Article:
Panel Discussions - Thursday, October 25, 2012
Rule of Law in Crises: The DRC and Côte d’Ivoire
The rule of law is a fundamental building block for realizing rights, holding perpetrators accountable, and ensuring long-term peace and development, though more international support is needed to re-establish the rule of law in crisis-affected states. These were the key takeaways from a policy forum held at the International Peace Institute on October 25th.
Organized with the United Nations Development Programme (UNDP) and the Department of Peacekeeping Operations (DPKO), the event featured senior officials from Côte d’Ivoire and the Democratic Republic of the Congo (DRC), who shared their experiences of re-establishing the rule of law.
As the UN attempts to harmonize its support to the rule of law in crisis-affected countries, participants also heard from UNDP and DPKO, who make up the new UN Global Focal Point for police, justice, and corrections.
Participants emphasized a number of key points:
1. Laws are a starting point for realizing rights. In practice, re-establishing the rule of law also requires basic security. The Congolese government has now passed laws to criminalize torture, protect citizens from sexual violence, and prevent the use of children in armed conflict. But armed groups continue to threaten the state’s authority over parts of the country. And concrete action remains vital, particularly to prevent sexual- and gender-based violence.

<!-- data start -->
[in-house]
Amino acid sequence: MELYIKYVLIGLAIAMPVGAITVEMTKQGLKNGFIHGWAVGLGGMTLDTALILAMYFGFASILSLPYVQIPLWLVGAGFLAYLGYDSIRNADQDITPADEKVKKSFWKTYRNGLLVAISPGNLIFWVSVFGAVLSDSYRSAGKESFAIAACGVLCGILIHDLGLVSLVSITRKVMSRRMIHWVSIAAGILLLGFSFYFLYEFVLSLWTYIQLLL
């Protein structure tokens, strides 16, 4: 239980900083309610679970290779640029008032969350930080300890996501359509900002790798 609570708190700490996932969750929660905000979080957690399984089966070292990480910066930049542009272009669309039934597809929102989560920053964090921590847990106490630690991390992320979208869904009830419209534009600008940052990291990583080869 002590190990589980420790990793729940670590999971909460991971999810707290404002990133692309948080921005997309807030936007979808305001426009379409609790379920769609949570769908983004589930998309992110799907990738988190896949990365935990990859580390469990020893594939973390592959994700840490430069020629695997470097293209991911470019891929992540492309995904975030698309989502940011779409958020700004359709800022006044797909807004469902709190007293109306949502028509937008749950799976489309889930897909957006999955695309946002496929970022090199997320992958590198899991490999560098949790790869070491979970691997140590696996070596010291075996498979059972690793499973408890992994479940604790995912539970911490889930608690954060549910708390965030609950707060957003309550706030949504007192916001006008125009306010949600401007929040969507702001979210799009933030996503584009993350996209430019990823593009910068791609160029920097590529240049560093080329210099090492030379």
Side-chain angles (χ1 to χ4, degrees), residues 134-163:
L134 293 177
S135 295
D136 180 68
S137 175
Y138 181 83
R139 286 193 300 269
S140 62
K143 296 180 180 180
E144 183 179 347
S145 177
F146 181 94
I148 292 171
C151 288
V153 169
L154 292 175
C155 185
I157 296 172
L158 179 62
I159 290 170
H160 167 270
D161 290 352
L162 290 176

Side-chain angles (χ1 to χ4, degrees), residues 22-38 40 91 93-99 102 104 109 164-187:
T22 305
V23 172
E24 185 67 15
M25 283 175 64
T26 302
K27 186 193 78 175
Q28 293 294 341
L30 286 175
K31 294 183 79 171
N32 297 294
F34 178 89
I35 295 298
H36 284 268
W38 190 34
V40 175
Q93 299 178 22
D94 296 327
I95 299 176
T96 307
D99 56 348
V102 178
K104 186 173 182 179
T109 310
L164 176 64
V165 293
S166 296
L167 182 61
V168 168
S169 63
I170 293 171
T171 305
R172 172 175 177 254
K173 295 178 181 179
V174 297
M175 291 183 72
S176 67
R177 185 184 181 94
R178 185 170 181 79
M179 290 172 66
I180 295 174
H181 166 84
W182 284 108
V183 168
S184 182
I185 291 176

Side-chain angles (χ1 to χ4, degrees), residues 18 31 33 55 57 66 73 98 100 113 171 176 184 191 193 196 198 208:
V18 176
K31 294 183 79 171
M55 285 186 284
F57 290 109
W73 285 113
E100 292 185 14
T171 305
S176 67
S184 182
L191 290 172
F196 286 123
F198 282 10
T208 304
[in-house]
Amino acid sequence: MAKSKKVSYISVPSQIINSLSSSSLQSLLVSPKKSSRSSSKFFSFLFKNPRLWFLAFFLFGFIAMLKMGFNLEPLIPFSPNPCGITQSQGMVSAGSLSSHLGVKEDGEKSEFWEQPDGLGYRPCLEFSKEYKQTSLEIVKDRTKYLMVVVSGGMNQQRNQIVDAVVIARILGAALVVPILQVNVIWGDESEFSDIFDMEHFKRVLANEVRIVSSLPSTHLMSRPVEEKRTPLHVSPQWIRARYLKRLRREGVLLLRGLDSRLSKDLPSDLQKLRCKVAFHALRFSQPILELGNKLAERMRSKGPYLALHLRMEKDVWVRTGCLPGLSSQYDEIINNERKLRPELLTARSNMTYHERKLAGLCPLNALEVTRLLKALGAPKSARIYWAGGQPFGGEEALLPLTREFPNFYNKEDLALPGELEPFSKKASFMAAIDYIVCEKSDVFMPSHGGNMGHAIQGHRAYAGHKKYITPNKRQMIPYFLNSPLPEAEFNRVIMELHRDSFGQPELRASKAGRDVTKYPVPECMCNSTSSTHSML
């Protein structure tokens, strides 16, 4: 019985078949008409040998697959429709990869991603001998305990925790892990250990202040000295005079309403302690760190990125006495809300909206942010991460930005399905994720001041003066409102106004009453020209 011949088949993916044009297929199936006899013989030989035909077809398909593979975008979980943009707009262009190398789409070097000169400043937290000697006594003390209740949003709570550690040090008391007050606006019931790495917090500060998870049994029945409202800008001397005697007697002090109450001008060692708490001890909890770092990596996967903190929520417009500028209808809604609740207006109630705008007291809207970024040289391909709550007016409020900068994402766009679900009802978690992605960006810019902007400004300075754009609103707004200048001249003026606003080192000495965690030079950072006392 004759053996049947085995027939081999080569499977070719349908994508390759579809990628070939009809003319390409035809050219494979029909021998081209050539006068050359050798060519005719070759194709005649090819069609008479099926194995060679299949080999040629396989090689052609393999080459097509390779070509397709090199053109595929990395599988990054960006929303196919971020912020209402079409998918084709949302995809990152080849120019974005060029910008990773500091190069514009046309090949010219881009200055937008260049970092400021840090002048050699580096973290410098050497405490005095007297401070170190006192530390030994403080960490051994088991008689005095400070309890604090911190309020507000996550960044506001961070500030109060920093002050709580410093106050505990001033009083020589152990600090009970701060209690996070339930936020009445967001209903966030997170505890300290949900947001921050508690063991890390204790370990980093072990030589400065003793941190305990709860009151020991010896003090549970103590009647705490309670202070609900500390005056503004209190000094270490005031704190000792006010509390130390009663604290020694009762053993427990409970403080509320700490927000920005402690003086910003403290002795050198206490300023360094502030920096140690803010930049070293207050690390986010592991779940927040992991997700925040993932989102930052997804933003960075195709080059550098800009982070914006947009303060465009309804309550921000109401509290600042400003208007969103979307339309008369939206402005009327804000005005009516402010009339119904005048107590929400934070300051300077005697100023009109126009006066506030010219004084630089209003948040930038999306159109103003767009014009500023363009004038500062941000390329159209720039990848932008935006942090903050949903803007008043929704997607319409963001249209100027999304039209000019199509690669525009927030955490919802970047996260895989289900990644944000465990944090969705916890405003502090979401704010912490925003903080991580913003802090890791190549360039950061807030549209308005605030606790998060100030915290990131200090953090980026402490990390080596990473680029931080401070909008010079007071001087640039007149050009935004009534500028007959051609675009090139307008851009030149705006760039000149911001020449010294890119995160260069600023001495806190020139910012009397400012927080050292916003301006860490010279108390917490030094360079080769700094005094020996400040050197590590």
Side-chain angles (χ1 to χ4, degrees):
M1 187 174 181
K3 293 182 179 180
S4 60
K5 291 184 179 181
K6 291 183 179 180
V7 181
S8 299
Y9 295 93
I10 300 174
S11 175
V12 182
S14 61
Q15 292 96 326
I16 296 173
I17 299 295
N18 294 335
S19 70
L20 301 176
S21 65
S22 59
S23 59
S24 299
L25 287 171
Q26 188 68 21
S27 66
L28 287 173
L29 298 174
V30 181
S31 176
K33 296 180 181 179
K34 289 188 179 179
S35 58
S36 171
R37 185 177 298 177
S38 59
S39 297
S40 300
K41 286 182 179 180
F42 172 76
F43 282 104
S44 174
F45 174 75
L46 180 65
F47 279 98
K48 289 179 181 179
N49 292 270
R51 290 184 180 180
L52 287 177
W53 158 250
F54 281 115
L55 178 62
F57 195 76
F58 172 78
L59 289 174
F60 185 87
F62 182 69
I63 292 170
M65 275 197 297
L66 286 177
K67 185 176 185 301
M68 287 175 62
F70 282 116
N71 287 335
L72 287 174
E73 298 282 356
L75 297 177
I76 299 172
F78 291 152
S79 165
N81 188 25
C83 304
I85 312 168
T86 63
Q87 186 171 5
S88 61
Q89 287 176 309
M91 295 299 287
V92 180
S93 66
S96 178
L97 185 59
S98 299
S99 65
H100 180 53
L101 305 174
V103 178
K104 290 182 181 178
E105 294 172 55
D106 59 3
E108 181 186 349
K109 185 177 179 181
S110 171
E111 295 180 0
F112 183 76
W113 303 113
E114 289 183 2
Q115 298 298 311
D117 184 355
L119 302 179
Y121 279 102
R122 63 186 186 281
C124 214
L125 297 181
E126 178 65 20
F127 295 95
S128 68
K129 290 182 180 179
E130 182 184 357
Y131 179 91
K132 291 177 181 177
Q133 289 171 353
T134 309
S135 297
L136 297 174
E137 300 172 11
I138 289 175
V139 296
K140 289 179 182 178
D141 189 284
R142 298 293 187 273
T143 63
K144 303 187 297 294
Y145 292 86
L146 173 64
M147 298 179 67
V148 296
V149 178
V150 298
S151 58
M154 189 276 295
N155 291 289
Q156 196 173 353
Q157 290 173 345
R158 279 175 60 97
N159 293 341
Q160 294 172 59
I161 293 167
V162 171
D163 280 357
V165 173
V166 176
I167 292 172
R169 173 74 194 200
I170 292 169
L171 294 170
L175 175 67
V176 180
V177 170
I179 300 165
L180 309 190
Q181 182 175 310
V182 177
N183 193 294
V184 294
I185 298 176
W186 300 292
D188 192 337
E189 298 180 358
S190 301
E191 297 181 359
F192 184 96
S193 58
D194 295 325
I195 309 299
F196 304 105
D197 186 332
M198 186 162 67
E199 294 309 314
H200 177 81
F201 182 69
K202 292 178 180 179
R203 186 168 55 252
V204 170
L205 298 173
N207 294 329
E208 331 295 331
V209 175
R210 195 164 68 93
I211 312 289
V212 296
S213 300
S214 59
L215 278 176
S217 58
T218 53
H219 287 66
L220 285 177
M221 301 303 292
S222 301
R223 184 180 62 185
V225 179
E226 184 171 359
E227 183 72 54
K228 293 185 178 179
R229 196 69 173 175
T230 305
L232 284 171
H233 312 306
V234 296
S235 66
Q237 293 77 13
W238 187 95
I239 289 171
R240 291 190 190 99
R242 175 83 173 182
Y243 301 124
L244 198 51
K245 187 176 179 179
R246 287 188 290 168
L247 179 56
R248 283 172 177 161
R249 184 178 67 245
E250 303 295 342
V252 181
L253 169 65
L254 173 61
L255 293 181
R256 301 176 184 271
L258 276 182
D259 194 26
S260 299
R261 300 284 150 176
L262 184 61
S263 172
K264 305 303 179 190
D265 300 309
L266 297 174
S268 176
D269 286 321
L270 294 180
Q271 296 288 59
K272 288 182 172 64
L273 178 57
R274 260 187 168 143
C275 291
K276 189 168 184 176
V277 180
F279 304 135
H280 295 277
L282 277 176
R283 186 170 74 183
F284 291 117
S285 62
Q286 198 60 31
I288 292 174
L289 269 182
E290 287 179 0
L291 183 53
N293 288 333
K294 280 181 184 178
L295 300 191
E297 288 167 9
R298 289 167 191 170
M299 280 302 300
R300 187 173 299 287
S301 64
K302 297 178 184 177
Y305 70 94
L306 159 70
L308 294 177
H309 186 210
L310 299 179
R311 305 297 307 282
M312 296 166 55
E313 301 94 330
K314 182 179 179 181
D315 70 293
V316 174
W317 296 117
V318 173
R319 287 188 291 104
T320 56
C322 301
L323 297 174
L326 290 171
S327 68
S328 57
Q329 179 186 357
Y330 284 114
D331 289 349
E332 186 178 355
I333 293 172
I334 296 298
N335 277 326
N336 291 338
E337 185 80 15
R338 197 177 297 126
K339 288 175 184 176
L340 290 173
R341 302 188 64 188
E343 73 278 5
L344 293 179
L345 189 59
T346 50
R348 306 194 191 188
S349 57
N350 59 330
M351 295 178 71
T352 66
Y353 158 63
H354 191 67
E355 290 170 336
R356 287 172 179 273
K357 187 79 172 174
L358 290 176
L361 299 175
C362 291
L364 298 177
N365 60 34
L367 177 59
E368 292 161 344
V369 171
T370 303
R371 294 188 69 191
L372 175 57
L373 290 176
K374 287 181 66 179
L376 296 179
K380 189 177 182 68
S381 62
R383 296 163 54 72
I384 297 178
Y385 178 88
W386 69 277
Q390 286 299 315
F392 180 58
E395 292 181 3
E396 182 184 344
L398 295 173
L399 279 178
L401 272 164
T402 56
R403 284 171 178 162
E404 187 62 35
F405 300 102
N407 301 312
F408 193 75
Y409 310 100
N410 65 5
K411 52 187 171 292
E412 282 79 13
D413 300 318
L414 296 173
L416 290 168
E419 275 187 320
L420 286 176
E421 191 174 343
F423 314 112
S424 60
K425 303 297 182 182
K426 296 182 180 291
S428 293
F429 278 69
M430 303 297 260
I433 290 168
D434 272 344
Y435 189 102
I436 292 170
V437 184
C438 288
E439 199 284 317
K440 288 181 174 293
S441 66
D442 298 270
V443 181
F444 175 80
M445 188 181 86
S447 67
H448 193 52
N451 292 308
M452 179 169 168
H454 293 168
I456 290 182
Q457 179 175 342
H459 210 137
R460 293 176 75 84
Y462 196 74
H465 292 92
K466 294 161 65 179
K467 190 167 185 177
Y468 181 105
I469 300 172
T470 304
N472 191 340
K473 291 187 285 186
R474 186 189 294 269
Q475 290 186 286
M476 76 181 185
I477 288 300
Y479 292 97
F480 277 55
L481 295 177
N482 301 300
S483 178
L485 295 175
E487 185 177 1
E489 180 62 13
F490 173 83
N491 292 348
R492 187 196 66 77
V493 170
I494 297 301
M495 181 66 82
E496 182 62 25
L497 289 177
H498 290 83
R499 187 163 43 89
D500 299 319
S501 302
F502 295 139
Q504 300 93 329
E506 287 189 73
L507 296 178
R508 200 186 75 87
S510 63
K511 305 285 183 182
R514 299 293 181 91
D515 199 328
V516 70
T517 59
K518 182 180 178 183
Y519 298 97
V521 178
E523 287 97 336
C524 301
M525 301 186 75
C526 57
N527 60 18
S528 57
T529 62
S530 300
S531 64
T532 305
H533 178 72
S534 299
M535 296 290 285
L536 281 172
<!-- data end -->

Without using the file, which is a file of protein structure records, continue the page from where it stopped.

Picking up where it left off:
2. An effective justice system does not only need to be independent, it also needs to be credible and inspire confidence. To this end, perpetrators of crimes committed during conflict need to be brought to justice regardless of their political affiliation. In Côte d’Ivoire, a central agency has carried out preliminary investigations into crimes committed during the post-election violence, and the first trials are expected to take place before the end of the year.
3. The rule of law is vital for peace, but it is also necessary for a business-friendly environment, to ensure investment and long-term economic development. At the same time, while poverty persists, governments need to work to ensure that judicial systems are accessible to all, including the most vulnerable.
4. Land issues present a formidable challenge for the rule of law in Côte d’Ivoire, the DRC, and beyond. As refugees return, disputes over land rights need to be addressed quickly. Restorative justice mechanisms and reconciliation initiatives may need particular attention in this regard.
Watch the event video:
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